MADISON, Wis. (WSAU) - The U-S-D-A took a step this morning to help drought-stricken farmers in Wisconsin.
The agency says it will let farmers graze cattle and cut hay on lands set aside for conservation programs. In most cases, the lands must be designated for avoiding soil erosion, or providing habitat for wildlife – but they can used for feeding livestock in emergencies. The U-S-D-A says farmers in all drought categories – including the “abnormally dry” one – can use the conservation lands for feed.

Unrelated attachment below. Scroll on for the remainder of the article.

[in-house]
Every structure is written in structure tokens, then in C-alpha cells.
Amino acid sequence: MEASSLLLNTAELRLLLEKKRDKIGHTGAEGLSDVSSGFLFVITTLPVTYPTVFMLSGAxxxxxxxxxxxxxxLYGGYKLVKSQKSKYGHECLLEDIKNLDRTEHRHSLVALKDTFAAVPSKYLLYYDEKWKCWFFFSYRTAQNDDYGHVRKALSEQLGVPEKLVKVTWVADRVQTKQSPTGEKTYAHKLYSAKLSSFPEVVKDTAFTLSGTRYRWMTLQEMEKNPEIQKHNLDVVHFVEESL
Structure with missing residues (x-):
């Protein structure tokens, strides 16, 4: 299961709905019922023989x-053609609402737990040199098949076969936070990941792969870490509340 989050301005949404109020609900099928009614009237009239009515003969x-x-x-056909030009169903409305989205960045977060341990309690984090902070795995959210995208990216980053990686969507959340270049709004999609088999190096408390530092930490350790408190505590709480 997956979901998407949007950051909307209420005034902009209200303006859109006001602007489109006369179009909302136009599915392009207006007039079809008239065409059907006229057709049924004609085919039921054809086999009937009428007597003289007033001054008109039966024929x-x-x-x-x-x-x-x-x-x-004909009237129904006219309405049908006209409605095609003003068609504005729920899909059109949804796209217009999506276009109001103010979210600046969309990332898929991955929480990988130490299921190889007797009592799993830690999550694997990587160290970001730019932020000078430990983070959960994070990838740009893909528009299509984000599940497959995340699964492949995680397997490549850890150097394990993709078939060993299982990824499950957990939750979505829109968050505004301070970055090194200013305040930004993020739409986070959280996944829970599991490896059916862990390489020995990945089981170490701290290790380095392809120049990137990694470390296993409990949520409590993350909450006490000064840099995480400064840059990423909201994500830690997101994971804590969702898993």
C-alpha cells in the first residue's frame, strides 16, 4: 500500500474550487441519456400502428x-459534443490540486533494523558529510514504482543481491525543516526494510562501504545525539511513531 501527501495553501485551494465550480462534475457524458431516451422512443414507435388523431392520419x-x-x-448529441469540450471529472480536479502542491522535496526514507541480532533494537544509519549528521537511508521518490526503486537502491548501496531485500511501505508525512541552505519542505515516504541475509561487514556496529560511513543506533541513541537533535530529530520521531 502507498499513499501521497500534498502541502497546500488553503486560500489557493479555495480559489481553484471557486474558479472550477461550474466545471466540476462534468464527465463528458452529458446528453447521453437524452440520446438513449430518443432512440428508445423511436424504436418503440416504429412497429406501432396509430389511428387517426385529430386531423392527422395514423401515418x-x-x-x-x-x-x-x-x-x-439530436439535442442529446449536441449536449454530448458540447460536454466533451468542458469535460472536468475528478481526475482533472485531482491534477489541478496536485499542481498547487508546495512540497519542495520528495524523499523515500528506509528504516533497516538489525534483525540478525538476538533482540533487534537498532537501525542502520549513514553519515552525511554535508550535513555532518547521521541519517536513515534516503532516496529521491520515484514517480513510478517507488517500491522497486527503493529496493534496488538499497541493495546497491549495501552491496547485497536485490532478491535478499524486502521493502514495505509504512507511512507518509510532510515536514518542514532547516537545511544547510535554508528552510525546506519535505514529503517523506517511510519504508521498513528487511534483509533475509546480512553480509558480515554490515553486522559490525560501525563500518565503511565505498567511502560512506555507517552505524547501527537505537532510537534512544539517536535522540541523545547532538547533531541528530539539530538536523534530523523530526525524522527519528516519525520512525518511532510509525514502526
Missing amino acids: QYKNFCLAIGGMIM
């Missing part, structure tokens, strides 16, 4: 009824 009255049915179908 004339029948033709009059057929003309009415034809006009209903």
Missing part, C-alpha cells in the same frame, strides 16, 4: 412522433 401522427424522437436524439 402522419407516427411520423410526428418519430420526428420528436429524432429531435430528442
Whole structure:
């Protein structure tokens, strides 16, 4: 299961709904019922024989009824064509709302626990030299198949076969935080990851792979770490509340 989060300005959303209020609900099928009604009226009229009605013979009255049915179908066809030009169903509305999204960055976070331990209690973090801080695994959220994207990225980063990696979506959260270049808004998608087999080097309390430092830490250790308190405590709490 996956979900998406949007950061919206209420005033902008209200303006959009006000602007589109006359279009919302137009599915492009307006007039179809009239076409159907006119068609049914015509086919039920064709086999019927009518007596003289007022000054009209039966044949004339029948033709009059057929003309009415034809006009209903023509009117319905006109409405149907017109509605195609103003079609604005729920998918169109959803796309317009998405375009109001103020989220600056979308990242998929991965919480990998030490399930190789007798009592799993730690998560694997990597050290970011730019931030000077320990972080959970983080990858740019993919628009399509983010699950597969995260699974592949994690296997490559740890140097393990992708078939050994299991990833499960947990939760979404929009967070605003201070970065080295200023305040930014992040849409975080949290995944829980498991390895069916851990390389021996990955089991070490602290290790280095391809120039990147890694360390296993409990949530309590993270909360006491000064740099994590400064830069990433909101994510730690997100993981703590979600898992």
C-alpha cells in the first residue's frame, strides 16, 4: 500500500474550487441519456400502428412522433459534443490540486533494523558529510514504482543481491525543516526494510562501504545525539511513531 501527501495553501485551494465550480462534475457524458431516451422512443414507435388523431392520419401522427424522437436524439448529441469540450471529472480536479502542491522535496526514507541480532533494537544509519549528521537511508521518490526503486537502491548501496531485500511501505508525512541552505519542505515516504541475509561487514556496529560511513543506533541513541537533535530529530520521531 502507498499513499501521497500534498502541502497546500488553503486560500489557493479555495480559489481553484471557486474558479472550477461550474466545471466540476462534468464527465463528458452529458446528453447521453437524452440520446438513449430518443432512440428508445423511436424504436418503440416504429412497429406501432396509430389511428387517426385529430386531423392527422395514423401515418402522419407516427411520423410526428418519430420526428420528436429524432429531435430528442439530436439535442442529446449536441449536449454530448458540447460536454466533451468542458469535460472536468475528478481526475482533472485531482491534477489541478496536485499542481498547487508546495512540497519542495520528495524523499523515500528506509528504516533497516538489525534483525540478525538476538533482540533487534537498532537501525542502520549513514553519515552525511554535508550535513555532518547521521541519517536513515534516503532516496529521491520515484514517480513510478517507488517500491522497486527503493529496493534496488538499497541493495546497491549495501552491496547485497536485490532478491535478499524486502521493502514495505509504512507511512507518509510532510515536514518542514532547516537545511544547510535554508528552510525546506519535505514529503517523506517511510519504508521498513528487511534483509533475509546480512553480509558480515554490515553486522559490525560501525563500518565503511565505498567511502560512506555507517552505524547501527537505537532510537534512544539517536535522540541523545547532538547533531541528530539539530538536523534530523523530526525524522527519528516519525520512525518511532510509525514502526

Governor Scott Walker says those interested should contact their local Farm Service Agency offices. Last week, the U-S Drought Monitor labeled Wisconsin’s mid-section as being “abnormally dry.” The southern part of the state has either “severe” or “extreme” drought conditions. Walker calls the U-S-D-A’s latest move quote, “another step toward relief-and-recovery for farmers here in Wisconsin and across the Midwest.”
Yesterday, the governor allowed farmers to feed their cows by allowing for hay production and cattle grazing on over 11-thousand acres of state-owned lands. Rain is in the forecast for much of Wisconsin on-and-off over the next two days.